Proofreading, Editing, Critique
Getting help with your book from a professional editor is always recommended but often just too expensive. We have partnered with a professional editor with 30 years of experience to provide quality writing services at affordable prices.Visit our Writing Services Page
Hundreds of Helpful Articles
We have created hundreds of articles on topics all authors face in today’s literary landscape. Get help and advice on Writing, Marketing, Publishing, Social Networking, and more. Each article has a Comments section so you can read advice from other authors and leave your own.
5 Steps to Self-Publishing Success
"Lady in the Water," have you seen it? It was that movie about a mermaid that lived in Paul Giamatti's pool. It was written, directed and even co-starred M. Night Shyamalan. Night based the movie on a fairytale he made up for his kids. He was hot off the success of his previous movies and presented the story to his distributor, Disney, who footed the bill for his previous hits. Disney took one look at the script and had Night escorted out of the building.
Night ignored Disney's criticisms and did what any multi-millionaire would do--he paid for it himself. The move bombed and Night had to eat Ramen for the next six months. Why am I telling you this story? Because books, just like movies, are supposed to go through a rigorous production process. For movies, dozens of people have to read the script and approve it, making improvements along the way until it is ready to be filmed. Then even after the movie is made it is edited, where entire scenes, subplots and even characters are completely removed. Next it is screened, and audiences critique the film, often sending it back for more changes until it is finally ready for mass release.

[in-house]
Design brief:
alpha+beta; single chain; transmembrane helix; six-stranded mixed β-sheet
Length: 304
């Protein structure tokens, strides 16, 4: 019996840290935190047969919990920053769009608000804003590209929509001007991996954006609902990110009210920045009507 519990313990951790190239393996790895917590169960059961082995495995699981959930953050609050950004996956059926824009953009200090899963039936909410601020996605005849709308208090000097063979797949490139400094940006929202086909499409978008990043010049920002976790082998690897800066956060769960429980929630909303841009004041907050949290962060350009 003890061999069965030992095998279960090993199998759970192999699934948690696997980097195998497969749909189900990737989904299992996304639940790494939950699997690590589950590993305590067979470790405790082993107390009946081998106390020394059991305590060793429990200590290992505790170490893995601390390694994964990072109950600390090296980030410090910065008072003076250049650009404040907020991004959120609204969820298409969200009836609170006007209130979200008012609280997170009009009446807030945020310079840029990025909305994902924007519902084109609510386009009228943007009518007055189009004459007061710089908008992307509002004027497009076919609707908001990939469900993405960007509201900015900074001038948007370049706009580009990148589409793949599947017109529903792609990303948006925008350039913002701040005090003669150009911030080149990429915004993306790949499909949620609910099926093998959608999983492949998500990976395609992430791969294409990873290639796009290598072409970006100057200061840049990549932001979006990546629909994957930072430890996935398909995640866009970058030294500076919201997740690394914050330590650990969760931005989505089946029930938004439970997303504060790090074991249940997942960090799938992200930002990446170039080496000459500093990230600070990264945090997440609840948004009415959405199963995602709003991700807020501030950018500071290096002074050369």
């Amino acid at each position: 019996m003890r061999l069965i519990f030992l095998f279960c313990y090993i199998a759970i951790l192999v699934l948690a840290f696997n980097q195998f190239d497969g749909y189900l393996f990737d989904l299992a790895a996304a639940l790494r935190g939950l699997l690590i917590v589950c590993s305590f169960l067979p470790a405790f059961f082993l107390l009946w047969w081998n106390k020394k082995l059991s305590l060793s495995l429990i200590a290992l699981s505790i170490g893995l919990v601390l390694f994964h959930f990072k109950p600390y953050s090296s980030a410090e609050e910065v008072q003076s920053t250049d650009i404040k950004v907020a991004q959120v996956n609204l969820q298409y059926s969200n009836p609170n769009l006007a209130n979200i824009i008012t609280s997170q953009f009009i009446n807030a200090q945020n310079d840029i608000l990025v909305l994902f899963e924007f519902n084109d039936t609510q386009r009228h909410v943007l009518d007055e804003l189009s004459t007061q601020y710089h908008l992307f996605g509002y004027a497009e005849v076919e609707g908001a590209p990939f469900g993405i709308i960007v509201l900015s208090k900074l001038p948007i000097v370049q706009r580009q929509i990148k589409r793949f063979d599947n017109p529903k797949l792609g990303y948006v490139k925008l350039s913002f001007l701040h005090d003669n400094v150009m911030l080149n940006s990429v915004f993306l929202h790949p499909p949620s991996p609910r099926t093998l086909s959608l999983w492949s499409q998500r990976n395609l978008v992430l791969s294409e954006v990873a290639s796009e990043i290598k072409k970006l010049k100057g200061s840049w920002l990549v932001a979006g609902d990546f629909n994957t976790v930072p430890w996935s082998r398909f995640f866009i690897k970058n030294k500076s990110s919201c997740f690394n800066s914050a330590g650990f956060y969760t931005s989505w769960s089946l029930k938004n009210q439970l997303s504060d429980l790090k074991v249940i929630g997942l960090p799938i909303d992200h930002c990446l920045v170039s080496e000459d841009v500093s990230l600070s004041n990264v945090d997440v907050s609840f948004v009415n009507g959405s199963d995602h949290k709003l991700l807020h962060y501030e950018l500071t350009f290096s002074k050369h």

But Night did not do that. He bypassed the system because he could, and he paid the price. As a self-published author you are also bypassing the system. To save you from Night's fate, I am going to give you some steps that will guide you through the self-publishing "system" so you and your book will be more successful.
Step 1 - Finish your book
You did? Great! Move on to step 2. Whoa… did you reeaaaally finish? Over the years at Readers' Favorite we have had hundreds of authors wanting to update the book they sent in for a review or entered in our contest. In every one of those emails you could always find the same exact line: "This is the final version, I promise." If you finished your book yesterday, you did not finish. Put it away for two weeks, then come back and give it another read. If you can get through the whole thing without wanting to add or remove something, then congratulations--you are done!
Step 2 - Polish your book with editing or proofreading
What is the difference between a proofreader and an editor? A proofreader will find typos, poorly worded sentences, and grammatical errors. An editor does the same but also identifies structural problems, ranging from character and plot issues to point of view (POV) and other mechanical problems. Simply put, a proofreader will help you polish your current book. An editor will help you improve your book and then polish it.
Editing is the best, no doubt. But at $5 to $20 per page, it's pricey. Too pricey, in fact, for most self-published authors. And if you get a bad editor, all you will wind up with is a really expensive proofread. Without an editor you are just going to have to rely on your own writing skills to create a good story. But that doesn't mean you can't Google "Writing Point of View" to figure out how to write POV correctly. POV is tough, but it's critical to a reader's ability to enjoy and follow your book. The rest of your book's mechanics are pretty much common sense, so I wouldn't worry too much about them.